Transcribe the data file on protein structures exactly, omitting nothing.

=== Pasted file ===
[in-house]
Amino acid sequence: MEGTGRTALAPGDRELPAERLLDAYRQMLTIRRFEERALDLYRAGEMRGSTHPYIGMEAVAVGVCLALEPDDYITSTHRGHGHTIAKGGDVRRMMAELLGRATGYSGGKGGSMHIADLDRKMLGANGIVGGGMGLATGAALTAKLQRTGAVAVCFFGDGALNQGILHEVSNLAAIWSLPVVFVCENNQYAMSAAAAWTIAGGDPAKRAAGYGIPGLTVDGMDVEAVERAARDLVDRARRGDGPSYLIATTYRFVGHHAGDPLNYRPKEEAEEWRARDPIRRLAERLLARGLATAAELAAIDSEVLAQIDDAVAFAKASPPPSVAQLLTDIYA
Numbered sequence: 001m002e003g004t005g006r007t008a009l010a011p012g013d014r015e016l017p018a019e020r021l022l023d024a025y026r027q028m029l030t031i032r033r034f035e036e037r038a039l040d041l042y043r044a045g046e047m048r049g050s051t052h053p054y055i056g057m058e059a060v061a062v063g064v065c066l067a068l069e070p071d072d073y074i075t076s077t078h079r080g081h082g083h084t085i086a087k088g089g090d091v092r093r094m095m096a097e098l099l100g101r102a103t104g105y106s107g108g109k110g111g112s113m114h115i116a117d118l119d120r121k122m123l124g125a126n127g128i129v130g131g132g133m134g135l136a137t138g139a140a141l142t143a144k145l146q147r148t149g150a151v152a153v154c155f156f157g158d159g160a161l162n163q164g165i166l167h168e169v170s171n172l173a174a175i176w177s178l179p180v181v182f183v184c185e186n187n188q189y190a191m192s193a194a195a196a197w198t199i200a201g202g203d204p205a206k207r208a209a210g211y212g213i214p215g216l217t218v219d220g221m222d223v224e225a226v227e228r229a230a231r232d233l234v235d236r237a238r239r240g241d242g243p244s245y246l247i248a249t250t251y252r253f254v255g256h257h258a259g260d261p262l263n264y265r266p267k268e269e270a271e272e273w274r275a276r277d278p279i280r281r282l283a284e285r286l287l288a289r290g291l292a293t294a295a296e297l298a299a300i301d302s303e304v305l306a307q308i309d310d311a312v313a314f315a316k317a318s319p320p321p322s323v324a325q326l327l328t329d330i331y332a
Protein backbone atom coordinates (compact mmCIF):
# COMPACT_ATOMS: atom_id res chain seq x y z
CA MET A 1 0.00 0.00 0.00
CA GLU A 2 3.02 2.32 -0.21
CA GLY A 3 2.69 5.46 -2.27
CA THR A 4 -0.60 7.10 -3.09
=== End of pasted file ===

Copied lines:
[in-house]
Amino acid sequence: MEGTGRTALAPGDRELPAERLLDAYRQMLTIRRFEERALDLYRAGEMRGSTHPYIGMEAVAVGVCLALEPDDYITSTHRGHGHTIAKGGDVRRMMAELLGRATGYSGGKGGSMHIADLDRKMLGANGIVGGGMGLATGAALTAKLQRTGAVAVCFFGDGALNQGILHEVSNLAAIWSLPVVFVCENNQYAMSAAAAWTIAGGDPAKRAAGYGIPGLTVDGMDVEAVERAARDLVDRARRGDGPSYLIATTYRFVGHHAGDPLNYRPKEEAEEWRARDPIRRLAERLLARGLATAAELAAIDSEVLAQIDDAVAFAKASPPPSVAQLLTDIYA
Numbered sequence: 001m002e003g004t005g006r007t008a009l010a011p012g013d014r015e016l017p018a019e020r021l022l023d024a025y026r027q028m029l030t031i032r033r034f035e036e037r038a039l040d041l042y043r044a045g046e047m048r049g050s051t052h053p054y055i056g057m058e059a060v061a062v063g064v065c066l067a068l069e070p071d072d073y074i075t076s077t078h079r080g081h082g083h084t085i086a087k088g089g090d091v092r093r094m095m096a097e098l099l100g101r102a103t104g105y106s107g108g109k110g111g112s113m114h115i116a117d118l119d120r121k122m123l124g125a126n127g128i129v130g131g132g133m134g135l136a137t138g139a140a141l142t143a144k145l146q147r148t149g150a151v152a153v154c155f156f157g158d159g160a161l162n163q164g165i166l167h168e169v170s171n172l173a174a175i176w177s178l179p180v181v182f183v184c185e186n187n188q189y190a191m192s193a194a195a196a197w198t199i200a201g202g203d204p205a206k207r208a209a210g211y212g213i214p215g216l217t218v219d220g221m222d223v224e225a226v227e228r229a230a231r232d233l234v235d236r237a238r239r240g241d242g243p244s245y246l247i248a249t250t251y252r253f254v255g256h257h258a259g260d261p262l263n264y265r266p267k268e269e270a271e272e273w274r275a276r277d278p279i280r281r282l283a284e285r286l287l288a289r290g291l292a293t294a295a296e297l298a299a300i301d302s303e304v305l306a307q308i309d310d311a312v313a314f315a316k317a318s319p320p321p322s323v324a325q326l327l328t329d330i331y332a
Protein backbone atom coordinates (compact mmCIF):
# COMPACT_ATOMS: atom_id res chain seq x y z
CA MET A 1 0.00 0.00 0.00
CA GLU A 2 3.02 2.32 -0.21
CA GLY A 3 2.69 5.46 -2.27
CA THR A 4 -0.60 7.10 -3.09